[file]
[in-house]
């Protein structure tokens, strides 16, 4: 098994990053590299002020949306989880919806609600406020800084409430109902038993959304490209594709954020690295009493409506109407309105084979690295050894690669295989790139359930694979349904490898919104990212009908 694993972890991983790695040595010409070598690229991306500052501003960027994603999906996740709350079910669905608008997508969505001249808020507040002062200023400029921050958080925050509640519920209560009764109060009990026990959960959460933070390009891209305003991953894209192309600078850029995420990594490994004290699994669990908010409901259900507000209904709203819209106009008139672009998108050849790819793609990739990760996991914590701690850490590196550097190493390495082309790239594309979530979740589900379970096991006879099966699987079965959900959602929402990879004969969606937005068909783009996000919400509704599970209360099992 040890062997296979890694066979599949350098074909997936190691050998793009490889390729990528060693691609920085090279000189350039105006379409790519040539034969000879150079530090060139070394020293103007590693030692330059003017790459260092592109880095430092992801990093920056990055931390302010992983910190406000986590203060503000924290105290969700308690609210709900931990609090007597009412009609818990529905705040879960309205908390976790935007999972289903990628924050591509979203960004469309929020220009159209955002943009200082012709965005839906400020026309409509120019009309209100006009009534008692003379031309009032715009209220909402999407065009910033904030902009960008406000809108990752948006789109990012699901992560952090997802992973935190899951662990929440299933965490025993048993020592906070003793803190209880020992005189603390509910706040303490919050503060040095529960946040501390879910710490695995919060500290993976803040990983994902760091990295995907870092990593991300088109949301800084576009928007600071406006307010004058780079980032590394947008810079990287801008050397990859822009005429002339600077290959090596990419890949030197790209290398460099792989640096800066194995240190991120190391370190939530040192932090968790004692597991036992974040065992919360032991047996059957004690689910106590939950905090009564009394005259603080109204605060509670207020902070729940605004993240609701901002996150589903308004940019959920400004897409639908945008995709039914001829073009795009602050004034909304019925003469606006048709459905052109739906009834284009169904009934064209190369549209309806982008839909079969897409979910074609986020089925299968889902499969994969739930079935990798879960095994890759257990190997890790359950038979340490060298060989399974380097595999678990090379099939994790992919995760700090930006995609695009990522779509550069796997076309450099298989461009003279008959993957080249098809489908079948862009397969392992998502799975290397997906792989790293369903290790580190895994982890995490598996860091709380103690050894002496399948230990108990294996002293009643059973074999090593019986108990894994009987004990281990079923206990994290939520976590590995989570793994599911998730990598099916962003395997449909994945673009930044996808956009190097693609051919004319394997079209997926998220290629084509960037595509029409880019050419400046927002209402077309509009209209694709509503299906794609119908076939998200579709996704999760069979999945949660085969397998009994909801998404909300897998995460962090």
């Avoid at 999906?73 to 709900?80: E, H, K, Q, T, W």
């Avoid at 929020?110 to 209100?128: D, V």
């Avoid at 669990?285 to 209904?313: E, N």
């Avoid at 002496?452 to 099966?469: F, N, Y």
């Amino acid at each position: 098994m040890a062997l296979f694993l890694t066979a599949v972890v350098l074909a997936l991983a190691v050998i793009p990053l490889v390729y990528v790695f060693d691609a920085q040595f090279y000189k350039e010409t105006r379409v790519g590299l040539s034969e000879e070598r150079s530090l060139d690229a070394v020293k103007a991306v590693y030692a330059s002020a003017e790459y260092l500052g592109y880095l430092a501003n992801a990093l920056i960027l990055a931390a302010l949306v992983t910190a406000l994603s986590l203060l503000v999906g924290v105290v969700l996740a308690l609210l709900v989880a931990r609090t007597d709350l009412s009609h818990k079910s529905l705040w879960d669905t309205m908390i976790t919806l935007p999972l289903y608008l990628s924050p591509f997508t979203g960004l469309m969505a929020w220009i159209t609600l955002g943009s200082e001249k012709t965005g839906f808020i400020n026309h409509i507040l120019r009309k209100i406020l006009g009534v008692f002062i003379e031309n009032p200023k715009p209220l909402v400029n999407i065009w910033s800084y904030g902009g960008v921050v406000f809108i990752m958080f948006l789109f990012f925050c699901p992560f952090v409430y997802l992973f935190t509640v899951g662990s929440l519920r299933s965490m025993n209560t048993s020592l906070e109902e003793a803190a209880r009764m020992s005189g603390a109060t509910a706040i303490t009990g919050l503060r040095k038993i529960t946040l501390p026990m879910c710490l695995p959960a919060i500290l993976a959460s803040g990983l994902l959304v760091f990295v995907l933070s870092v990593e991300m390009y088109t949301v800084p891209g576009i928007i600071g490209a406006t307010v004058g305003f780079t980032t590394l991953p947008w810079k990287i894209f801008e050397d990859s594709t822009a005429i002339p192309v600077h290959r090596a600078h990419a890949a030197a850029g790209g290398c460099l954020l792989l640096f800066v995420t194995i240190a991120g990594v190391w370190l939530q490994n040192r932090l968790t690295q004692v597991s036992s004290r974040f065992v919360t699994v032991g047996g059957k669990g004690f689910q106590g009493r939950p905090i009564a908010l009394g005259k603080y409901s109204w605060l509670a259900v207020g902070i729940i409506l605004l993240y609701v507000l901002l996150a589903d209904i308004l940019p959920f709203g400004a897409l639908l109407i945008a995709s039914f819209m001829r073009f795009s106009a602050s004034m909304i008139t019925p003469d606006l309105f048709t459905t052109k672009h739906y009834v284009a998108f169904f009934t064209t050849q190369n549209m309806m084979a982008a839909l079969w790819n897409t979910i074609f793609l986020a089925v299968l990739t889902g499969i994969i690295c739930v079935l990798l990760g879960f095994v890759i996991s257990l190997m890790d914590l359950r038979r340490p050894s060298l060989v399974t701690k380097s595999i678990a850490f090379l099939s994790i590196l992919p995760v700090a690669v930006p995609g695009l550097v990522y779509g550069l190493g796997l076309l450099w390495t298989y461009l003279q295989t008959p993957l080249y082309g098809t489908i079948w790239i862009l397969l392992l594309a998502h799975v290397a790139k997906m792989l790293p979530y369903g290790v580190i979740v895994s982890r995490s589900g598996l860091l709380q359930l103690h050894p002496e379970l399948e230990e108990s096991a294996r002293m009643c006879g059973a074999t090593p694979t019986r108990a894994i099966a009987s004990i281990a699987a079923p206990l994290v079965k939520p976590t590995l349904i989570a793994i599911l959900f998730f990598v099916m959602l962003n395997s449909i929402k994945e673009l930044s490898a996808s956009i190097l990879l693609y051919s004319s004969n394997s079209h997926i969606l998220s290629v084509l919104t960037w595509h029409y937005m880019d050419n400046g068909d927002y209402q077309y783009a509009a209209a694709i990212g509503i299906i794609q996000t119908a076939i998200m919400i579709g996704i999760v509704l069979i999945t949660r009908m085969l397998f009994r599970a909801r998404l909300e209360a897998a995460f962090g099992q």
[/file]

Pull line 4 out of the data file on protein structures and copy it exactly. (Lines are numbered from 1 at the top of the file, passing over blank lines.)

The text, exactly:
């Avoid at 929020?110 to 209100?128: D, V």